The European Commission’s Scientific Community for Consumer Safety (SCCS) has reiterated that it is safe for companies to use aluminium in products such as antiperspirant provided that it complies with the limits laid out in European regulations.
In a previous opinion delivered in 2014, the 17 independent chemistry and toxicology experts who make up the SCCS, said that there was insufficient scientific data available to enable them to assess how much aluminium the human body absorbs from cosmetics.
Premium Beauty News reported that, since this opinion was made, new studies have been carried out, enabling the SCCS to reassess its guidance.
Following the release of new data, the SCCS has opened a new discussion on the safety of aluminium in cosmetics, which will be open until February of this year. It’s considering allowing companies to use the substance in lipstick and toothpaste at certain concentrations, Cosmetics Business revealed.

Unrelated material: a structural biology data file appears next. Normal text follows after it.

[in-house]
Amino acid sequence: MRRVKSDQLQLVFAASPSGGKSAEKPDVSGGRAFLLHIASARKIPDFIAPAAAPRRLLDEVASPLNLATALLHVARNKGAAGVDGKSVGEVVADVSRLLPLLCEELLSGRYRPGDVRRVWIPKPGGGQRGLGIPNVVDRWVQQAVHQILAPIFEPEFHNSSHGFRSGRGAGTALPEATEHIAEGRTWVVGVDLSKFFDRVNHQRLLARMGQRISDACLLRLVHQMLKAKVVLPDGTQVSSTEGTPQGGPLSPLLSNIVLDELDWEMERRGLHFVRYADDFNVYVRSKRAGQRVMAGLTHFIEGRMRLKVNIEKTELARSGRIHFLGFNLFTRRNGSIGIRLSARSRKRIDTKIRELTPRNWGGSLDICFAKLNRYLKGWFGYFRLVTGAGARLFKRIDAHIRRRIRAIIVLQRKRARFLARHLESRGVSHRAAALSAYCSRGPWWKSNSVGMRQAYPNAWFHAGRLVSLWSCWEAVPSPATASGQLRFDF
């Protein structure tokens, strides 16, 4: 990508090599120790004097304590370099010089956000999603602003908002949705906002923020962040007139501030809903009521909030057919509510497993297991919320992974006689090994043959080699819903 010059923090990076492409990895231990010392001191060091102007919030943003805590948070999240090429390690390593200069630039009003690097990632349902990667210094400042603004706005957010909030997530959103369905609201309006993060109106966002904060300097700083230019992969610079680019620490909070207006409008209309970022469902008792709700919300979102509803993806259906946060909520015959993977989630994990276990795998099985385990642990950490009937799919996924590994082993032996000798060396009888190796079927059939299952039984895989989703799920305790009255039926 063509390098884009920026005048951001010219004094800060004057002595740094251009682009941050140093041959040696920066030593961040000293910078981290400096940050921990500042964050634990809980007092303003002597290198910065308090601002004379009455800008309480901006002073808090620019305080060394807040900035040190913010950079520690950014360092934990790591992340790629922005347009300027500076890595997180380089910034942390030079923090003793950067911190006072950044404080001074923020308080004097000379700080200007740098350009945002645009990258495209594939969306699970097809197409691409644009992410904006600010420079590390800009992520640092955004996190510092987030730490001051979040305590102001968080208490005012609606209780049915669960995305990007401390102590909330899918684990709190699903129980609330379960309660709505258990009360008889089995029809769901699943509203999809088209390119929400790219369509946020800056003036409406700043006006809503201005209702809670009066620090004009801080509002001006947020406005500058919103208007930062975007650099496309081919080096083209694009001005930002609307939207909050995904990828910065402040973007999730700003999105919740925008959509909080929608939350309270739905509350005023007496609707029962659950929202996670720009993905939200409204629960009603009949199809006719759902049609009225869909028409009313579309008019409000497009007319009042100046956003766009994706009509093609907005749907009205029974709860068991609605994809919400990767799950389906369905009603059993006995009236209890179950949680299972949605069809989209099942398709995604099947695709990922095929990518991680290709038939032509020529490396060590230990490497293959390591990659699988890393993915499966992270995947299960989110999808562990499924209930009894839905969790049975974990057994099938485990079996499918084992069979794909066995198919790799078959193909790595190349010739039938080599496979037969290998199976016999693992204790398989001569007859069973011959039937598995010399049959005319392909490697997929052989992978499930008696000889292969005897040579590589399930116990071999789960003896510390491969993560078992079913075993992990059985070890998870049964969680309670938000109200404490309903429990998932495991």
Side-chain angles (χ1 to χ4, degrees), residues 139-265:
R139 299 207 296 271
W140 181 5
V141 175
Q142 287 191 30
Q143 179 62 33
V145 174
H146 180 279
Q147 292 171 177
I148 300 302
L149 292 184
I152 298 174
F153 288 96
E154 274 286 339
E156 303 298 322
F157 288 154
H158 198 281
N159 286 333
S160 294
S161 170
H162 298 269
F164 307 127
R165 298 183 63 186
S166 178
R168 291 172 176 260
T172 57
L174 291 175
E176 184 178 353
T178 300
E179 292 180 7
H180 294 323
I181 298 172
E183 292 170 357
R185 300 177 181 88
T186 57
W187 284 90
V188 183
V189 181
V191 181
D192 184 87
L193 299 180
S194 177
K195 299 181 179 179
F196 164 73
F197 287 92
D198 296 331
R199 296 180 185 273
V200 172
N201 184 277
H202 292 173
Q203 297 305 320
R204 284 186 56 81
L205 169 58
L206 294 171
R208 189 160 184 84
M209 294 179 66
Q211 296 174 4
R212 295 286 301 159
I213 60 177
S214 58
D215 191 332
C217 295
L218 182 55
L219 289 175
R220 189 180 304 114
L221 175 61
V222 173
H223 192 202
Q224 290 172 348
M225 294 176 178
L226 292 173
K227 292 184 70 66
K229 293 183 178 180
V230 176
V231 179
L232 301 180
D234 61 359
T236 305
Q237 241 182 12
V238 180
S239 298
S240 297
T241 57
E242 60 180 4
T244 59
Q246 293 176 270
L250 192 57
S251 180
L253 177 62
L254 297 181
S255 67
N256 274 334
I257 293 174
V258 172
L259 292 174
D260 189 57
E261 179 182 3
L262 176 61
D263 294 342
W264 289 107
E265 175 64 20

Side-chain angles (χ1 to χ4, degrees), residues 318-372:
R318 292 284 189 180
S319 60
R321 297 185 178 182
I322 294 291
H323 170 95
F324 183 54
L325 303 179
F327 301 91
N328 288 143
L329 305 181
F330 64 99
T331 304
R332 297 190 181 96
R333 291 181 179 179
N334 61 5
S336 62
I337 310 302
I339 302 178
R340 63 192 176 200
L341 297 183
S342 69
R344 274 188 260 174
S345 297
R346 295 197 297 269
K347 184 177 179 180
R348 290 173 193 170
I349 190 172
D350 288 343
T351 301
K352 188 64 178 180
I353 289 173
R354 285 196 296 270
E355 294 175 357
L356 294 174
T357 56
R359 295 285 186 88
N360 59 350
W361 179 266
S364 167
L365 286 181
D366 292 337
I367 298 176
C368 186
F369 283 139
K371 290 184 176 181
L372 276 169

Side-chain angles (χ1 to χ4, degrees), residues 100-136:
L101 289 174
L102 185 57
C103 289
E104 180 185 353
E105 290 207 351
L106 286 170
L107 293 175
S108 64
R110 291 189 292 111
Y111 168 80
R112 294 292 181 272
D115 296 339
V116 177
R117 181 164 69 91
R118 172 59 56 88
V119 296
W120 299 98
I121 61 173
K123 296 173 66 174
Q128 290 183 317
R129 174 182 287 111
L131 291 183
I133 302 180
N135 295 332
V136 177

The report from the SCCS stated that people are exposed to aluminium in much more significant quantities through their diets.
“The SCCS considers that the systemic exposure to aluminium via daily applications of cosmetic products does not add significantly to the systemic body burden of aluminium from other sources,” it asserted.
It is therefore considering allowing aluminium to be included in toothpaste at a concentration of 2.65 per cent and in lipstick at a concentration of 0.77 per cent, Cosmetics Business reported.
In spray antiperspirants, aluminium is currently allowed at a concentration of 6.25 per cent, and in non-spray products at a concentration of 10.6 per cent.
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